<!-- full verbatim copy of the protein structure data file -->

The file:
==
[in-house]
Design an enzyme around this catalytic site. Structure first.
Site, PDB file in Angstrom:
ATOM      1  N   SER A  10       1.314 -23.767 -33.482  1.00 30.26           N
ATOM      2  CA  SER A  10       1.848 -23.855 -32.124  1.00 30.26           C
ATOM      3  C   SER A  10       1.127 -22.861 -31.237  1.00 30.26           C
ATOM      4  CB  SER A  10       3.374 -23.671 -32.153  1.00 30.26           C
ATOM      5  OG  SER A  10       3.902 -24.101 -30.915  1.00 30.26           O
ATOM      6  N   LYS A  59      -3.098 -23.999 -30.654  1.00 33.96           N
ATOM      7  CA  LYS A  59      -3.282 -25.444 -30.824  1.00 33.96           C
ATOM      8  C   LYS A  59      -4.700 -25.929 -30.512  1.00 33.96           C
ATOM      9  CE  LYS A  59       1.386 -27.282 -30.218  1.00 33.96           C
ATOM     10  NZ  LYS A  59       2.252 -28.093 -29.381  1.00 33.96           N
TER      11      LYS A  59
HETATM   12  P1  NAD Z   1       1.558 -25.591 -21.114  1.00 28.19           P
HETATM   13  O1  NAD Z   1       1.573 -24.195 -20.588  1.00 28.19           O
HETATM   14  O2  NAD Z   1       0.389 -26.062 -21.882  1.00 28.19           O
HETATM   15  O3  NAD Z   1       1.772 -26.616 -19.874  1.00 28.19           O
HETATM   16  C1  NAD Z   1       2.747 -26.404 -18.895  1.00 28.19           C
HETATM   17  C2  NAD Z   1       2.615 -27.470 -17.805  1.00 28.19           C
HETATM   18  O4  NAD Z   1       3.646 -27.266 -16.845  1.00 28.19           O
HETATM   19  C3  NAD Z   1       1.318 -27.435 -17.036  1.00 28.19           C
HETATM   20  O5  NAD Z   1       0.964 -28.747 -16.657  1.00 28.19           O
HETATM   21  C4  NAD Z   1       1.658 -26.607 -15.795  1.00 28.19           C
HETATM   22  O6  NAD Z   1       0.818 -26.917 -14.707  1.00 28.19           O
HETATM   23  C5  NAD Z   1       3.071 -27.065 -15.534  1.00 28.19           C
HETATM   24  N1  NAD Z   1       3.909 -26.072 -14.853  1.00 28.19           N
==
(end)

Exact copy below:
[in-house]
Design an enzyme around this catalytic site. Structure first.
Site, PDB file in Angstrom:
ATOM      1  N   SER A  10       1.314 -23.767 -33.482  1.00 30.26           N
ATOM      2  CA  SER A  10       1.848 -23.855 -32.124  1.00 30.26           C
ATOM      3  C   SER A  10       1.127 -22.861 -31.237  1.00 30.26           C
ATOM      4  CB  SER A  10       3.374 -23.671 -32.153  1.00 30.26           C
ATOM      5  OG  SER A  10       3.902 -24.101 -30.915  1.00 30.26           O
ATOM      6  N   LYS A  59      -3.098 -23.999 -30.654  1.00 33.96           N
ATOM      7  CA  LYS A  59      -3.282 -25.444 -30.824  1.00 33.96           C
ATOM      8  C   LYS A  59      -4.700 -25.929 -30.512  1.00 33.96           C
ATOM      9  CE  LYS A  59       1.386 -27.282 -30.218  1.00 33.96           C
ATOM     10  NZ  LYS A  59       2.252 -28.093 -29.381  1.00 33.96           N
TER      11      LYS A  59
HETATM   12  P1  NAD Z   1       1.558 -25.591 -21.114  1.00 28.19           P
HETATM   13  O1  NAD Z   1       1.573 -24.195 -20.588  1.00 28.19           O
HETATM   14  O2  NAD Z   1       0.389 -26.062 -21.882  1.00 28.19           O
HETATM   15  O3  NAD Z   1       1.772 -26.616 -19.874  1.00 28.19           O
HETATM   16  C1  NAD Z   1       2.747 -26.404 -18.895  1.00 28.19           C
HETATM   17  C2  NAD Z   1       2.615 -27.470 -17.805  1.00 28.19           C
HETATM   18  O4  NAD Z   1       3.646 -27.266 -16.845  1.00 28.19           O
HETATM   19  C3  NAD Z   1       1.318 -27.435 -17.036  1.00 28.19           C
HETATM   20  O5  NAD Z   1       0.964 -28.747 -16.657  1.00 28.19           O
HETATM   21  C4  NAD Z   1       1.658 -26.607 -15.795  1.00 28.19           C
HETATM   22  O6  NAD Z   1       0.818 -26.917 -14.707  1.00 28.19           O
HETATM   23  C5  NAD Z   1       3.071 -27.065 -15.534  1.00 28.19           C
HETATM   24  N1  NAD Z   1       3.909 -26.072 -14.853  1.00 28.19           N